MADISON – Over the last 50 years, income inequality between households increased significantly, but not because people changed who they marry.
According to new research led by University of Wisconsin¬–Madison professor of sociology Christine Schwartz, the tendency of people to marry those with similar jobs has not changed much. But the changing availability of spouses with particular jobs — especially a large increase in professional women — has dramatically changed common household couplings.
Because these changes in job pairings are explained by changing availability rather than new preferences, marriage choices based on jobs have contributed little to income inequality. In fact, if matching based on occupation were completely random, the increase in inequality between households since 1970 would be just 5% lower than it is today.
Instead, the income gaps between people in similar jobs and between different kinds of jobs explain the vast majority of the rise in household income inequality, which has increased by 49% since 1970.
Seismic shifts in the economy have led to large differences in the jobs men and women hold over the last half century. In particular, the share of professional women almost tripled to roughly 35%, and more women entered the labor force. Over the same period, men became less likely to work in blue-collar jobs, and somewhat fewer men worked.
These trends have affected marriage patterns and led to a pronounced increase in the number of dual-professional households.
“There have been giant changes in who people are married to, but those seem to be mostly the result of broad economic changes. Because we found all of these changes were really about the availability of potential partners in different jobs, the actual changes in matching beyond that were basically nonexistent,” says Schwartz.
The researchers also found that married men, but not married women, have seen a decline in income due to a combination of stagnant wages, a modest decrease in the percentage of men working, and a drop in relatively well-paying blue-collar jobs. In many sectors, wives have offset flat wages among husbands and low wage growth within occupations by increasing their share in the labor force and by occupying better-paying professional jobs at greater rates.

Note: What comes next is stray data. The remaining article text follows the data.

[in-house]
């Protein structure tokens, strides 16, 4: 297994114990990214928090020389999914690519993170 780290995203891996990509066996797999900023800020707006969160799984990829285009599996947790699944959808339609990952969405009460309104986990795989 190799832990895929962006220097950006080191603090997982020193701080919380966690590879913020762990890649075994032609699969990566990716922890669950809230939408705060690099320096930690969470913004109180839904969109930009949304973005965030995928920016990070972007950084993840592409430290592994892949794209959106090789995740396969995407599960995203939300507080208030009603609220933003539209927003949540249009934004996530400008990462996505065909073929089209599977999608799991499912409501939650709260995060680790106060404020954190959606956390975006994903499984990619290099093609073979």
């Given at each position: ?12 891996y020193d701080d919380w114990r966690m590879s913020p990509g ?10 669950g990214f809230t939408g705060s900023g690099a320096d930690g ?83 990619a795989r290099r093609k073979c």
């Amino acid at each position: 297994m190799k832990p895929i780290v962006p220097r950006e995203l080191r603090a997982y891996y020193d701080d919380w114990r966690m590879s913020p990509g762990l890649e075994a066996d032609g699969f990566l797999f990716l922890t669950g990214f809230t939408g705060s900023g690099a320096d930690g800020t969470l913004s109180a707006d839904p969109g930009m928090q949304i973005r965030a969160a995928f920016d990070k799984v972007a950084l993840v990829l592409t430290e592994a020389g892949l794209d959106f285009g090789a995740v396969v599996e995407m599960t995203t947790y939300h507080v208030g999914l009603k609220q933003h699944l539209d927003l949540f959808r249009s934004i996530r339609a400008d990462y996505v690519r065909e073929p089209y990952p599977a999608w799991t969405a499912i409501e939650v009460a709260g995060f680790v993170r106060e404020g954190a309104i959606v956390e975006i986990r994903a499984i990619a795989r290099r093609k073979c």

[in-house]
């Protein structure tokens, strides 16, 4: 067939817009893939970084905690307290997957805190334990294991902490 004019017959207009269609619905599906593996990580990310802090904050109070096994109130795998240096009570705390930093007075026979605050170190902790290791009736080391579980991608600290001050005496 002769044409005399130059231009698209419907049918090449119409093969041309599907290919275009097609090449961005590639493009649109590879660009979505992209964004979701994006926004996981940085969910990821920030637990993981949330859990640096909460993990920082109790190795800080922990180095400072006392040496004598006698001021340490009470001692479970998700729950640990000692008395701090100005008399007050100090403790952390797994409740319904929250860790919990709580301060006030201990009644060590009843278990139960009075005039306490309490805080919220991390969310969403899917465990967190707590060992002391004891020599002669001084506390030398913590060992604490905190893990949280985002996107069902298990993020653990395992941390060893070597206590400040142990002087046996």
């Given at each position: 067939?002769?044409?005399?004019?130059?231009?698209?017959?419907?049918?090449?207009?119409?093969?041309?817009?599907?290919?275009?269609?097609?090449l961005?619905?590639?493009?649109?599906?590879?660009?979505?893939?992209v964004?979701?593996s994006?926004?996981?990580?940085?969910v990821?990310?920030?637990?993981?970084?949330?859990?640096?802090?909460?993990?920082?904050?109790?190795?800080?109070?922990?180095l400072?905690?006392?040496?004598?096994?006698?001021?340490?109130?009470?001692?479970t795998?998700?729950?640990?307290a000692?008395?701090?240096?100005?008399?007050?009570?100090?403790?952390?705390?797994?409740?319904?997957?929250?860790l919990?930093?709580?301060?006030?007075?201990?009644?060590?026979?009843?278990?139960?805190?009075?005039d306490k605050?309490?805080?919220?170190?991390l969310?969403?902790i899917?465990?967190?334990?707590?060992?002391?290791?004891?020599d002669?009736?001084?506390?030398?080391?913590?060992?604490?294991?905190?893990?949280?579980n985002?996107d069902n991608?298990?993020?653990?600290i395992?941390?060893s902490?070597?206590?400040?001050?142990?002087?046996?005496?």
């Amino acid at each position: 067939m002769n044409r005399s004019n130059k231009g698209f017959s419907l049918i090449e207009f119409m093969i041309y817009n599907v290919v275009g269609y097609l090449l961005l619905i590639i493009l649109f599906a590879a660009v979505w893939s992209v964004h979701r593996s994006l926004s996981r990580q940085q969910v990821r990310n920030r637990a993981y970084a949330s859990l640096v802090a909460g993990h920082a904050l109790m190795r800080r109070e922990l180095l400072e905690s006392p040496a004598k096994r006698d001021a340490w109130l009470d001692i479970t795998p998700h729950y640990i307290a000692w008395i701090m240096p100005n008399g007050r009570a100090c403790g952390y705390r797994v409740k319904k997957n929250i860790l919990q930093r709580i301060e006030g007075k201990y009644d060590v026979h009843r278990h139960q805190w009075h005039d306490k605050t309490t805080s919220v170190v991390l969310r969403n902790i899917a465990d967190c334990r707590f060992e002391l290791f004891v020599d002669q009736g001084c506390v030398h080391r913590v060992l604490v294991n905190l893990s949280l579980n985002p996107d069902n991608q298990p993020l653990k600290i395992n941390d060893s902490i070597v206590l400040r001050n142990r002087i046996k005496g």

“For men, the changes in women’s occupational structures mean their wives have higher occupational earnings today,” says Schwartz. “But for women that’s not true. The average occupational earnings for the husbands of these women have declined.”
These findings, which Schwartz published Aug. 8 in the journal Social Science Research with collaborators at Duke Kunshan University and the University of California, Los Angeles, emerged from studies of marriage habits — called assortative mating — and income inequality.
The team analyzed the trends over the last half century in occupational assortative mating, or the tendency of people to marry those with similar jobs. Using census data, Schwartz and her colleagues studied more than four million married opposite-sex couples and their jobs from 1970 to 2017.
Due especially to the increased representation of women in professional jobs, dual-professional marriages became by far the most common coupling among 25 possible pairings of job categories. By 2017, nearly a quarter of all married couples were made up of two professionals, compared to just 7% in 1970. Men in all jobs have become far more likely to be married to professional women.
At the same time, once-common pairings have become rarer. Fifty years ago, more than 1 in 10 marriages were between two blue-collar workers. Today, it’s just 3.5%. Fifteen percent of marriages were between blue-collar husbands and wives who didn’t work in 1970, and that has now shrunk to 6.5% of marriages. Due to the drop in men working blue-collar jobs, most pairings with blue-collar men have declined.
When Schwartz’s team controlled for the availability of spouses in different professions, they discovered that nearly all of the changes in household couplings are due to the differences in jobs individuals have, rather than new patterns in marriages.
For instance, male doctors 50 years ago had a similar tendency to marry female doctors as they do now. There are just many more female doctors today, which allows more two-doctor households to exist.
The occupational trends challenge our assumptions, says Schwartz: “There’s this idea that assortative mating should increase inequality across households if, say, doctors marry other doctors when they once may have married nurses. That has seemed really intuitive to people. But the research hasn’t borne that out.”
This work was supported in part by the National Institutes of Health (grant R24 HD047873).